Brain ‘flexibility’ could help explain why people learn differently

| | September 12, 2017
This article or excerpt is included in the GLP’s daily curated selection of ideologically diverse news, opinion and analysis of biotechnology innovation.

As a person learns, connections between brain regions can change. Some neural partners connect, then split apart […]; others form new partnerships […]. A measure of this swapping, called flexibility, may relate to how well a person learns, new research suggests.

As people learned a new task — pairing a butter­fly with a particular flower — brain flexibility changed in a recent study. Flexibility across the whole brain rose then dropped as training continued. Reasons for the decline are unclear, but information flow in the brain may change as people master a task.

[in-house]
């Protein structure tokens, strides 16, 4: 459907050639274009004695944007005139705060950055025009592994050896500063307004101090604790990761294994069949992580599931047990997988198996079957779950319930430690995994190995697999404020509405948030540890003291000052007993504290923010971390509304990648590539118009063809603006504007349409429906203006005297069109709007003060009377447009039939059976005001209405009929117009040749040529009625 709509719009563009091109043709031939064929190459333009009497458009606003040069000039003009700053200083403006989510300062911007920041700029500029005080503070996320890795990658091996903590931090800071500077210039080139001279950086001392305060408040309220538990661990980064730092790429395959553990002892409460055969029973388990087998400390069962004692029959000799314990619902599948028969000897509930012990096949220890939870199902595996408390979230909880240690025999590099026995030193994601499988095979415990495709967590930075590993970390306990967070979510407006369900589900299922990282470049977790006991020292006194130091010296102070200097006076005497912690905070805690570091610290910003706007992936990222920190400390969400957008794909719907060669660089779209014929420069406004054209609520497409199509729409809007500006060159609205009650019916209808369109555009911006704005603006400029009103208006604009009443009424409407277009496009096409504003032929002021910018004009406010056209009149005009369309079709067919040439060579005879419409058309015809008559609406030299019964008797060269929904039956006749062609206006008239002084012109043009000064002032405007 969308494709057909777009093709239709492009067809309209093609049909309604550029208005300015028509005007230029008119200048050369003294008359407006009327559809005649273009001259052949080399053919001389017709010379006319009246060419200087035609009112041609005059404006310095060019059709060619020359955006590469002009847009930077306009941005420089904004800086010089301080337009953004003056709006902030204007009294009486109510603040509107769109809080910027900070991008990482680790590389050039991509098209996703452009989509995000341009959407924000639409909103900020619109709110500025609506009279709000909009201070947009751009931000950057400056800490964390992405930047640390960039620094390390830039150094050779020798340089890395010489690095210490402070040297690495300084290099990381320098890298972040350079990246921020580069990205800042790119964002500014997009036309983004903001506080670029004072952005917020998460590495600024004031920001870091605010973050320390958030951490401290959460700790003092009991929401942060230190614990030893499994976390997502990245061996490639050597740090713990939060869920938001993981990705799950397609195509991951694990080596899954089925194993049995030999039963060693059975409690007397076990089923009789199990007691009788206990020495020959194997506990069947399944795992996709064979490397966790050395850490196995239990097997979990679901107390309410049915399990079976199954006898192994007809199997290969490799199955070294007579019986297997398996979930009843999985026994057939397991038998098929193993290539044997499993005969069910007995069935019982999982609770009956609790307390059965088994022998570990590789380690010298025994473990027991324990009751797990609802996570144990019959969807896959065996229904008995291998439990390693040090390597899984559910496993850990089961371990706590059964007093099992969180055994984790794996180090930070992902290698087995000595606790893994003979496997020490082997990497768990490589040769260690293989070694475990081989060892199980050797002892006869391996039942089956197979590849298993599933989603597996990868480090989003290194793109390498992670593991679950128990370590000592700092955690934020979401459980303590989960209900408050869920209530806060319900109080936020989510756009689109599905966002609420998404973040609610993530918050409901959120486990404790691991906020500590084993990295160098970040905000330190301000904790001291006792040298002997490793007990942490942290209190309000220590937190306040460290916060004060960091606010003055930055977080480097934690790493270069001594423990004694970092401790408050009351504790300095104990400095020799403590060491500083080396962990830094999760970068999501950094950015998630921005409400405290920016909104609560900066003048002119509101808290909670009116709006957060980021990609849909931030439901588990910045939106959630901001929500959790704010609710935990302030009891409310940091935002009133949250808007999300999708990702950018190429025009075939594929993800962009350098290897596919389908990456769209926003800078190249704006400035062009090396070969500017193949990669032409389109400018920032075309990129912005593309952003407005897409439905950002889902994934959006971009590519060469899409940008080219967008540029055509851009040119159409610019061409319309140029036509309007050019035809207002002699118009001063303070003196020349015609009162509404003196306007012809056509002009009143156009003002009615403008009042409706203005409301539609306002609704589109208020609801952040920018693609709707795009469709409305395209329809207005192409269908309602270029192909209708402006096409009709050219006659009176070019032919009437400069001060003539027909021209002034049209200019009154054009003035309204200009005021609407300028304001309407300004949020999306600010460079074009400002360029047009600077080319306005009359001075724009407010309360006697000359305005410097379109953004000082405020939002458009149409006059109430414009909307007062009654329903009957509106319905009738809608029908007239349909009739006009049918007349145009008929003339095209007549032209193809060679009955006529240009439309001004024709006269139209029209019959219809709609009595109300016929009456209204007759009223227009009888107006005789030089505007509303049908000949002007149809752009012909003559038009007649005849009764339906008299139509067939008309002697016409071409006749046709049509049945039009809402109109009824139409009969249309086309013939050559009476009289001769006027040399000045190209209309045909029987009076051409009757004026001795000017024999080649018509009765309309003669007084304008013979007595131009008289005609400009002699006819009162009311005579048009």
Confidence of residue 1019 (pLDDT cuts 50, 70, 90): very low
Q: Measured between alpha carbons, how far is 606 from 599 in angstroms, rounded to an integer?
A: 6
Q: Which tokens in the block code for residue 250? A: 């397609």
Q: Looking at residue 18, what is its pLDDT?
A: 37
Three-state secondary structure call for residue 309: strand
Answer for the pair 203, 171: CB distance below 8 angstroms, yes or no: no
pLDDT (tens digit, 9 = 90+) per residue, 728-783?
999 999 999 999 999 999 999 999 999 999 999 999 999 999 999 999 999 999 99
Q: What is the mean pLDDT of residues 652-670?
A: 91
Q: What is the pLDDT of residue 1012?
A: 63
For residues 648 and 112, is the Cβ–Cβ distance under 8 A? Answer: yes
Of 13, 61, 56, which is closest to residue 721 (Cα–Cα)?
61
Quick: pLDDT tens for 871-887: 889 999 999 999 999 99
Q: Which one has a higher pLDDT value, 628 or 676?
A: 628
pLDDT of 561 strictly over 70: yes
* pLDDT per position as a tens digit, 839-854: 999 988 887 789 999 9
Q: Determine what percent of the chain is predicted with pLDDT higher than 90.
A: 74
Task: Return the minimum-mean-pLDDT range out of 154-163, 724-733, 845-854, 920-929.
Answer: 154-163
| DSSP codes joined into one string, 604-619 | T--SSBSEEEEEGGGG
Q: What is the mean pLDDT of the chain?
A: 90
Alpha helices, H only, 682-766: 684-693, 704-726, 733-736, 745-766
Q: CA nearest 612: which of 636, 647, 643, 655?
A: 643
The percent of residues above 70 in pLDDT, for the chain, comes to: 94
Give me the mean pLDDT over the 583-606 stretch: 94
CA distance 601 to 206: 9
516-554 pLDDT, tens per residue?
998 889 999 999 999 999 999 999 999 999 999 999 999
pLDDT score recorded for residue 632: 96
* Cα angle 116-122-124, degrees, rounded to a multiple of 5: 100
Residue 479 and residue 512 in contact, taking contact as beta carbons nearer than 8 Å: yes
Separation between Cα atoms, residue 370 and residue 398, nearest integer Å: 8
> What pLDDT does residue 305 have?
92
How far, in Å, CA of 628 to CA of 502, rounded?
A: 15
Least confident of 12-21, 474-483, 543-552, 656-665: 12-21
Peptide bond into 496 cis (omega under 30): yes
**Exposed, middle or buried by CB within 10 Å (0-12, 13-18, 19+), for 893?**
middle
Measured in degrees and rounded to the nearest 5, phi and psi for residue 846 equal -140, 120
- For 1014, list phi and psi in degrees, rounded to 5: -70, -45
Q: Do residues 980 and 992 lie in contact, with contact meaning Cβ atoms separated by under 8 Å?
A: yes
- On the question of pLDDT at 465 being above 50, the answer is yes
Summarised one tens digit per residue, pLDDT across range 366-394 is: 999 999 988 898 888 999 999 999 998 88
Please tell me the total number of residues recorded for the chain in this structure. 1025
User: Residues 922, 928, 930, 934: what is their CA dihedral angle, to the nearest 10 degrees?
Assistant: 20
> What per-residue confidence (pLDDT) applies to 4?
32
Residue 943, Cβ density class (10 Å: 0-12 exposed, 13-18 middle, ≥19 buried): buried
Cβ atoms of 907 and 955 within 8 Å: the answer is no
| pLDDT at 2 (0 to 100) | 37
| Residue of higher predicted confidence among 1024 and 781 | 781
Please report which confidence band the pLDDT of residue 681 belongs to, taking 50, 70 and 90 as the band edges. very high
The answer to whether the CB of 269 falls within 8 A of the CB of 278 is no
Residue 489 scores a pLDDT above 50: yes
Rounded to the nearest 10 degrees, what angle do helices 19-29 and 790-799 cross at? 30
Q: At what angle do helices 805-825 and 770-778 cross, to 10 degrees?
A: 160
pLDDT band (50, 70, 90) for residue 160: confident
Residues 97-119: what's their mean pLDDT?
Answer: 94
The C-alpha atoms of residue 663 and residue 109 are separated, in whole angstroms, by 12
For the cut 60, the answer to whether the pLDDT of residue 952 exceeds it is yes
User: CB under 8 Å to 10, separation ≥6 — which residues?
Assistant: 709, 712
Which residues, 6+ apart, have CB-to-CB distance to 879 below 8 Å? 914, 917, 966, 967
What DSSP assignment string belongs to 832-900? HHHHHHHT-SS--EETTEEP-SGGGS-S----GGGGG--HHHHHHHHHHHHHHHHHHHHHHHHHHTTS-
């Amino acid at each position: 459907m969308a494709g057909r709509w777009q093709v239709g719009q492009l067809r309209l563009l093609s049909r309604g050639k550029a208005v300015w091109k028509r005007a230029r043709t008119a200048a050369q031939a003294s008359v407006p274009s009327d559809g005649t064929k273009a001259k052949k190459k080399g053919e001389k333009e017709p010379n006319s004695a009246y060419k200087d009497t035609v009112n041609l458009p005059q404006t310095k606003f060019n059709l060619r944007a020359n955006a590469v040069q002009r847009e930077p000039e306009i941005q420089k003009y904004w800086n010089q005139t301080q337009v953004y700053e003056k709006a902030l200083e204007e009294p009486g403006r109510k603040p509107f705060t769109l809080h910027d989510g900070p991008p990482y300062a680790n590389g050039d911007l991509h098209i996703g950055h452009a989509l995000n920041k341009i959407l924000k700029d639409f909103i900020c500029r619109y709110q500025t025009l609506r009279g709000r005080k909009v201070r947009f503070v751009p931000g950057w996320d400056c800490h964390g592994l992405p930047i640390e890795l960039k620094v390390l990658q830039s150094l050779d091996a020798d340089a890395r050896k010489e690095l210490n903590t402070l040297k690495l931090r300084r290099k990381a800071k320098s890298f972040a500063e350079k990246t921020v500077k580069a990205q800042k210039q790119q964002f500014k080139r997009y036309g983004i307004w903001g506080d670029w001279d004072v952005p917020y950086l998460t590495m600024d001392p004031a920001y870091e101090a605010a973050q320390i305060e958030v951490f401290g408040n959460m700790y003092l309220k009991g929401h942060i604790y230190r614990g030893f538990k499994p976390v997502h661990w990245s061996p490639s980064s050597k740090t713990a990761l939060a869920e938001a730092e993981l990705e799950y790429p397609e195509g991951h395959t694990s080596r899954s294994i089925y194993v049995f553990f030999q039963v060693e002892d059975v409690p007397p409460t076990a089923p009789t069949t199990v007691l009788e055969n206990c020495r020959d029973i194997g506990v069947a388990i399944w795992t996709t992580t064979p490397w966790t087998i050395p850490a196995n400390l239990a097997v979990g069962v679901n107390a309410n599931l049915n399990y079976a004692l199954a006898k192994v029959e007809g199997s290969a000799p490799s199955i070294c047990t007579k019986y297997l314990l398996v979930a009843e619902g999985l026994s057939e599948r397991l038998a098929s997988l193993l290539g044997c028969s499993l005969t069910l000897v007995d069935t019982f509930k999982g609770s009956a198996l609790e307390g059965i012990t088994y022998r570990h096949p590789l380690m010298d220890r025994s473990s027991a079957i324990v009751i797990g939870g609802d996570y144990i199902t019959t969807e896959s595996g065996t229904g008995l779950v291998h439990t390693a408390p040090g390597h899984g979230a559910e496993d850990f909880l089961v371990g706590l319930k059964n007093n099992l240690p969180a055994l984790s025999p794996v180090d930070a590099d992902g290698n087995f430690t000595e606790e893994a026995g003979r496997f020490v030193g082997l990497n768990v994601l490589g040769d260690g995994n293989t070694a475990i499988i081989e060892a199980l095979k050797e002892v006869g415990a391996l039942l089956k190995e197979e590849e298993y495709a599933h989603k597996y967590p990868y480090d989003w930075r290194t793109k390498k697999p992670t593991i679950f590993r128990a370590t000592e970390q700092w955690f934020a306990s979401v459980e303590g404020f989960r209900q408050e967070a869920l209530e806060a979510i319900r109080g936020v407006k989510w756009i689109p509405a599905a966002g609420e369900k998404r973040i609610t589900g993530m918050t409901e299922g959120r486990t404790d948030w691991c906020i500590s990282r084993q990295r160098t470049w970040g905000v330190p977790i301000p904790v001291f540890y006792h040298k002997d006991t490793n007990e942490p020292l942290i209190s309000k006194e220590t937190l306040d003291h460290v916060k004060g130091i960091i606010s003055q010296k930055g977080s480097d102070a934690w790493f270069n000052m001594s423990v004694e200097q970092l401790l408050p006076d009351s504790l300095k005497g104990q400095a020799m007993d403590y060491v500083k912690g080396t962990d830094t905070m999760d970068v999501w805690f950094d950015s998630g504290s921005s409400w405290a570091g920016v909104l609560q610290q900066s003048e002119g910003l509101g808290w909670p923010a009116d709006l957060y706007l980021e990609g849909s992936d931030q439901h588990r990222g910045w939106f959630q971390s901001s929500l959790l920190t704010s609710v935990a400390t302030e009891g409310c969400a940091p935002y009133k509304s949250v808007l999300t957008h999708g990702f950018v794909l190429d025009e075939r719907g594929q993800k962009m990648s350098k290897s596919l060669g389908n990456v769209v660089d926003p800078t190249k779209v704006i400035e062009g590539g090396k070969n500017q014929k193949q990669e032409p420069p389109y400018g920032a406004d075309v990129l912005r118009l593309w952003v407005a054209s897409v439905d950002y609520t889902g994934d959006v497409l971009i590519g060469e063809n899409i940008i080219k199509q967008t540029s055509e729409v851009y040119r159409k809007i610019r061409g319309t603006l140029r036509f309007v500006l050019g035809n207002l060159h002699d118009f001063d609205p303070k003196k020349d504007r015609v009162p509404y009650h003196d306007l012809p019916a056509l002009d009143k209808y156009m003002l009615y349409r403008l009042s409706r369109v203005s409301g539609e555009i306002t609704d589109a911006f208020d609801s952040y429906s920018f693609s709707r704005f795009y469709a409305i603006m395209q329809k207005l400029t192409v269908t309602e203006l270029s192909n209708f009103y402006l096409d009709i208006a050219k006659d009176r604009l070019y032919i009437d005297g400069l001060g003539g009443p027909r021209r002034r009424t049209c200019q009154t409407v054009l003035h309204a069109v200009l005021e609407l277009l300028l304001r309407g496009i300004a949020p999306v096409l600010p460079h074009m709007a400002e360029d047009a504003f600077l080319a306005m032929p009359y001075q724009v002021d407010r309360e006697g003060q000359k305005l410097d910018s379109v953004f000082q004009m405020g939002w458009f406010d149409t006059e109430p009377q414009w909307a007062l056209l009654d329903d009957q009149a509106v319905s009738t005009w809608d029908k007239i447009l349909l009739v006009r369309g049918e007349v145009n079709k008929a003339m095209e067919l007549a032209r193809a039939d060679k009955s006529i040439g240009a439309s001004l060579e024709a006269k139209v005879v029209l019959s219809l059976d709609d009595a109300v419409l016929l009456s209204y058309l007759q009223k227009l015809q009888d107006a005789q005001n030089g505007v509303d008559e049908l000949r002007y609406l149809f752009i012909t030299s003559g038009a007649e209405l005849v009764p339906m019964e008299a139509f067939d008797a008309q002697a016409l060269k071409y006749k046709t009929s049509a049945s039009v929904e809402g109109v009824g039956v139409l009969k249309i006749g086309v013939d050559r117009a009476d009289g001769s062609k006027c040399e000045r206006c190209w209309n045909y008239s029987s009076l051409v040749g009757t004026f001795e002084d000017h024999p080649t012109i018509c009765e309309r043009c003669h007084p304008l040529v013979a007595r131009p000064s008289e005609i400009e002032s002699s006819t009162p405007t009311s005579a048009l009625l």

There’s a balance to be struck, [neuroscientist Vinod Menon] says. Neural pathways that are too weak can’t carry necessary information, and pathways that are too connected won’t allow new information to move in.

While performing a recall task in a scanner, people with schizophrenia had higher flexibility among neural networks across the brain than did healthy people, Bassett and colleagues reported last year in the Proceedings of the National Academy of Sciences. “That suggests to me that while flexibility is good for healthy people, there is perhaps such a thing as too much flexibility,” [Danielle Bassett, a network neuroscientist] says.

The GLP aggregated and excerpted this blog/article to reflect the diversity of news, opinion, and analysis. Read full, original post: Learning takes brain acrobatics

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